It was an ordinary morning. I was sipping coffee and reading my paper when a quirky little headline caught my eye. "The beaver's new brand: eco-saviour," it read. I was amused. Then intrigued. The idea that Canada's much-maligned national icon was a vastly overlooked tool for protecting the world's water resources drove me to dig deeper, ask questions--do the research. What I discovered both delighted and amazed me.
A compelling and provocative argument could be made that beavers are the custodians of the world's water resources--nothing less than ecological superheroes--a keystone species that just might save the world's water.
Ridiculous? Perhaps. Audacious? Hopefully. It strikes me that my passion for this story shares the underlying theme that informs many of my other documentaries. Take, for example, "Sleeping Tigers," the true story of a team of Japanese Canadian baseball players who, against all odds, became unstoppable champions in the racially charged world of pre-war Vancouver. Or the intensely personal tale of my father, a Canadian-born Chinese soldier who risked his life for the right to vote. I most definitely lean towards stories of unsung heroes and their struggles for recognition and respect. In the beaver, it seemed I'd found another unlikely hero for our times.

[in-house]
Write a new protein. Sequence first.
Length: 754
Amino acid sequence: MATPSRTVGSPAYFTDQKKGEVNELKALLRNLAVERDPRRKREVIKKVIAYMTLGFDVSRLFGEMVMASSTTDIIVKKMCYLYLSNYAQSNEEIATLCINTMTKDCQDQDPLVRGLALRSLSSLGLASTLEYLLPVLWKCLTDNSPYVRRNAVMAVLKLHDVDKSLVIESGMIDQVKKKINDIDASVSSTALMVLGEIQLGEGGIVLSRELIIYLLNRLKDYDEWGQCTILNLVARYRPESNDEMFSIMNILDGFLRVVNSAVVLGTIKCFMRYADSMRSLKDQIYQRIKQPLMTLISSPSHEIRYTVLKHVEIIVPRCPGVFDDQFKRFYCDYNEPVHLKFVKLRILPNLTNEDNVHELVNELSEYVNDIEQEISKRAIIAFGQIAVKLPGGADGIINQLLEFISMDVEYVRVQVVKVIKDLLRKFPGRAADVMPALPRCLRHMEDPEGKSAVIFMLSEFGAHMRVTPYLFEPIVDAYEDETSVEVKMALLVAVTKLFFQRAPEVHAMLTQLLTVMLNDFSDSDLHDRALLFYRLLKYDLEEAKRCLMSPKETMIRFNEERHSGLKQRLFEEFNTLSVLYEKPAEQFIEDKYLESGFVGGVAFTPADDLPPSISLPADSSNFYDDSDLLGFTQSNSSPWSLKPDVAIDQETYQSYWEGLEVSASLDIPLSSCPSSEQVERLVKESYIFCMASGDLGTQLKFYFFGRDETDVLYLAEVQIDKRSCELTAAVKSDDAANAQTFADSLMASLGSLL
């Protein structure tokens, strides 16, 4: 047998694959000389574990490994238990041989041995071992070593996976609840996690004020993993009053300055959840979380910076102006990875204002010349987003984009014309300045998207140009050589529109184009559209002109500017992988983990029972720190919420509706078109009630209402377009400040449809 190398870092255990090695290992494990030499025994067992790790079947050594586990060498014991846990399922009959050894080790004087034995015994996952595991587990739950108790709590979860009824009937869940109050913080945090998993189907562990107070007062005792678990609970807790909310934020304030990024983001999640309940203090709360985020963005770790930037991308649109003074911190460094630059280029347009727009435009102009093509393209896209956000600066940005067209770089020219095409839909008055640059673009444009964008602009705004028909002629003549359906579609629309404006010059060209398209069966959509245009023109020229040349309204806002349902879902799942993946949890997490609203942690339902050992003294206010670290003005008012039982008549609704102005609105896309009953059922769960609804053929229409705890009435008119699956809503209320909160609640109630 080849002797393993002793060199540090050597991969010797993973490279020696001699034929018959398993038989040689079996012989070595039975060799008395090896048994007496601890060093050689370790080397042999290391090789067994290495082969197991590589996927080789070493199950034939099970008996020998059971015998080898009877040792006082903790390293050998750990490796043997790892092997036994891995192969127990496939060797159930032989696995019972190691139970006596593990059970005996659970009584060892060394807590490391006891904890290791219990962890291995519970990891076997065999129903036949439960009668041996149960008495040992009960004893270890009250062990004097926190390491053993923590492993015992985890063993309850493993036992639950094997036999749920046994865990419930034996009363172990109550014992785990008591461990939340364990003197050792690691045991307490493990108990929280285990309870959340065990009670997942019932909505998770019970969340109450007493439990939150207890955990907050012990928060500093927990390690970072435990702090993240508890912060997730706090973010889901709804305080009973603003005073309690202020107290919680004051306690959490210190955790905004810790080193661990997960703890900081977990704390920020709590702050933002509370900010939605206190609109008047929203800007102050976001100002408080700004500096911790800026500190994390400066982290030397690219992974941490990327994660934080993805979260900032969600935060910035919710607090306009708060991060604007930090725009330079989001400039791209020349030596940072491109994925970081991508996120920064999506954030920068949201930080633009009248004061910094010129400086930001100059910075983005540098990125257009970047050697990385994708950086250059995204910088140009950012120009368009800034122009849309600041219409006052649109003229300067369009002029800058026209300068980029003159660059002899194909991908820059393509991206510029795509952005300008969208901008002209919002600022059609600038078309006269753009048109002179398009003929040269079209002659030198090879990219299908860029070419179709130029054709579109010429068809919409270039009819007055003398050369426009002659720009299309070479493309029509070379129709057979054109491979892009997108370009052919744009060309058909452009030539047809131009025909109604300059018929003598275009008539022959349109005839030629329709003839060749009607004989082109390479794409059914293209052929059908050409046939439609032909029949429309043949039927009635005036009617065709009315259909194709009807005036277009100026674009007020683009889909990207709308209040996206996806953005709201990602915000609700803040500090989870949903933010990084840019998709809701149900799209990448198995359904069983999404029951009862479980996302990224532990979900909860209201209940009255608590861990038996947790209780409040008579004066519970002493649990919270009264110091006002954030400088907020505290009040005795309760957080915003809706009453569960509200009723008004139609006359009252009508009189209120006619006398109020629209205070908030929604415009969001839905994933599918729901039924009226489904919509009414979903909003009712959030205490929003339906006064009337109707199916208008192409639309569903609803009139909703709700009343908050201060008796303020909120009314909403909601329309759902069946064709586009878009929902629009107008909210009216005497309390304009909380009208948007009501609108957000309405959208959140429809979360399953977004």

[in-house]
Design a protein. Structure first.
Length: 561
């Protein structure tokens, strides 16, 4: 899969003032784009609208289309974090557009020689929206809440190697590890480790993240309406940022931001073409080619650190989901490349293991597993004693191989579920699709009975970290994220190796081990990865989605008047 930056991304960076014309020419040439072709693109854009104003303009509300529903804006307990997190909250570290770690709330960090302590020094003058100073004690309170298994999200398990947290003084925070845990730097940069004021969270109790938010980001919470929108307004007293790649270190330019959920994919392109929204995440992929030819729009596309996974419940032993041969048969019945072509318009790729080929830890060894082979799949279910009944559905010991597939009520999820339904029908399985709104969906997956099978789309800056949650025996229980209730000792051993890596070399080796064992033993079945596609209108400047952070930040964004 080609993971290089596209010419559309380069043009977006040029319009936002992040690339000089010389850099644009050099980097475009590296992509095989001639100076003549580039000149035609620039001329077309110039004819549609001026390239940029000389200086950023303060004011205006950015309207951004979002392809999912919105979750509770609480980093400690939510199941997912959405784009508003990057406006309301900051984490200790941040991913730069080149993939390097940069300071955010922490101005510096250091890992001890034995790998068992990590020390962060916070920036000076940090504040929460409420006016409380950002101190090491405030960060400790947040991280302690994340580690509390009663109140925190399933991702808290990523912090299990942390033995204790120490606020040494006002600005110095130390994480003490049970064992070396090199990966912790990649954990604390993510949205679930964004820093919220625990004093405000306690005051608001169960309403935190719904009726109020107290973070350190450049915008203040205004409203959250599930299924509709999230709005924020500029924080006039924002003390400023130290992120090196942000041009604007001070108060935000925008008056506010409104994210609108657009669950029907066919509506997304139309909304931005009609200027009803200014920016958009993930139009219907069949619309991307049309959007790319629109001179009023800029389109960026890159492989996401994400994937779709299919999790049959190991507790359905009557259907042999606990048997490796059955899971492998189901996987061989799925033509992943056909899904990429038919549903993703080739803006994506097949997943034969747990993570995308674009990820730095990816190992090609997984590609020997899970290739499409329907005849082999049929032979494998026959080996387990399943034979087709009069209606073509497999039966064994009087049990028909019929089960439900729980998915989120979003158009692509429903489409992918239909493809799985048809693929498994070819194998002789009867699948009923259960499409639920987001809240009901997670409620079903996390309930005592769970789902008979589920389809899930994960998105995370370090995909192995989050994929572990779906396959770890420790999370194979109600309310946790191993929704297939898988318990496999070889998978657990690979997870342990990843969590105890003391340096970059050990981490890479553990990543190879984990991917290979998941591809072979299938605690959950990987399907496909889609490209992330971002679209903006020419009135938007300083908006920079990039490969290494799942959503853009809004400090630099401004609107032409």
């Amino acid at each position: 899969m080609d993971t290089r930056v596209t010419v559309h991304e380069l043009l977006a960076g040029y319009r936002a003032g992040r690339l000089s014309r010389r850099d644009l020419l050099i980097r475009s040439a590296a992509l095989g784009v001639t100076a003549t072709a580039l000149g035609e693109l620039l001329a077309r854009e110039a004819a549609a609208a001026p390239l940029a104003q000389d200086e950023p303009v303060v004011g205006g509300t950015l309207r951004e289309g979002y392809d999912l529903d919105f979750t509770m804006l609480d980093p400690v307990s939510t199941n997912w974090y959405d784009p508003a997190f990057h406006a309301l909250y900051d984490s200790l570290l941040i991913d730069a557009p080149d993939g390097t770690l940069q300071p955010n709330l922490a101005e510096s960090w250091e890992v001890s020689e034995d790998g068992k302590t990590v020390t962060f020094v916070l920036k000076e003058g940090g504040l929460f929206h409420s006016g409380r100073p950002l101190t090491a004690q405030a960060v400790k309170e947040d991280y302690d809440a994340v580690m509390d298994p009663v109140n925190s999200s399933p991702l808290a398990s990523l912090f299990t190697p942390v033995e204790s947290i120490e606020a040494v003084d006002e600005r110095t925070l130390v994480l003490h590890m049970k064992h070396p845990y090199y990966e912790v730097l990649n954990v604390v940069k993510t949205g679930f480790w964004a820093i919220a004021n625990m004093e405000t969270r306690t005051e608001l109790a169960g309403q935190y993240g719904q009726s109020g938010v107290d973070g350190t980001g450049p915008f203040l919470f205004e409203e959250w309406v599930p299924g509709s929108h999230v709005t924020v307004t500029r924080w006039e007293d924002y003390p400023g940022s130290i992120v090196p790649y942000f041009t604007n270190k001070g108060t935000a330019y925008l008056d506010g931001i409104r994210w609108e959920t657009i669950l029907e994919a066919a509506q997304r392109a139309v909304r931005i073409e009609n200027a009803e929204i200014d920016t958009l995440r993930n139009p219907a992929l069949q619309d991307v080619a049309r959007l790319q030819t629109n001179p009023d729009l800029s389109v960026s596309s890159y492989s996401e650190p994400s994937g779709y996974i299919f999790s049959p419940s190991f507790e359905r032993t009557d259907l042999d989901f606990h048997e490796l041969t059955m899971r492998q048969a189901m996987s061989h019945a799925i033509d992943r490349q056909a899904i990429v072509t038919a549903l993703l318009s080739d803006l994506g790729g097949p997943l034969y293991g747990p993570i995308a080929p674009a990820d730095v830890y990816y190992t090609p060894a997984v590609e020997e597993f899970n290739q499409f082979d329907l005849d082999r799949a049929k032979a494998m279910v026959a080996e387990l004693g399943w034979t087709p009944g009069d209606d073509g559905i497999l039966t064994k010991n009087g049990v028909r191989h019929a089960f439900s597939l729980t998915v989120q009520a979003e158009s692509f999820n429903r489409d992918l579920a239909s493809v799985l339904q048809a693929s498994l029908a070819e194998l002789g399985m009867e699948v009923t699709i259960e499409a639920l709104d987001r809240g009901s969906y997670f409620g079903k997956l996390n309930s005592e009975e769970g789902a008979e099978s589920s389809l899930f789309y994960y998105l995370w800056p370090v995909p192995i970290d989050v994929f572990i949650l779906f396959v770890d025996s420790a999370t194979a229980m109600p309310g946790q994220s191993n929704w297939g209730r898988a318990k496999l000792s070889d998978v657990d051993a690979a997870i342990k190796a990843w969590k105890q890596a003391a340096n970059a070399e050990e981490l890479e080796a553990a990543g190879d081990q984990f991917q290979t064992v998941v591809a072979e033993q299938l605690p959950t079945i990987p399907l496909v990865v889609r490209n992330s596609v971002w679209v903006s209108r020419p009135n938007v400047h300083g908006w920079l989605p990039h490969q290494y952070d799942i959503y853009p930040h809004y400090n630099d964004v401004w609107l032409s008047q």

Jari Osborne is a multi-award winning documentary filmmaker and journalist with 20 years of broadcasting and production experience. Her work spans the areas of human rights, social justice and popular culture and are characterized by intelligence, humour, and deep empathy for her subjects. Her new project, Long Way Home, will follow a group of childhood friends who purchase a run down country inn with plans to take charge of their own elder care.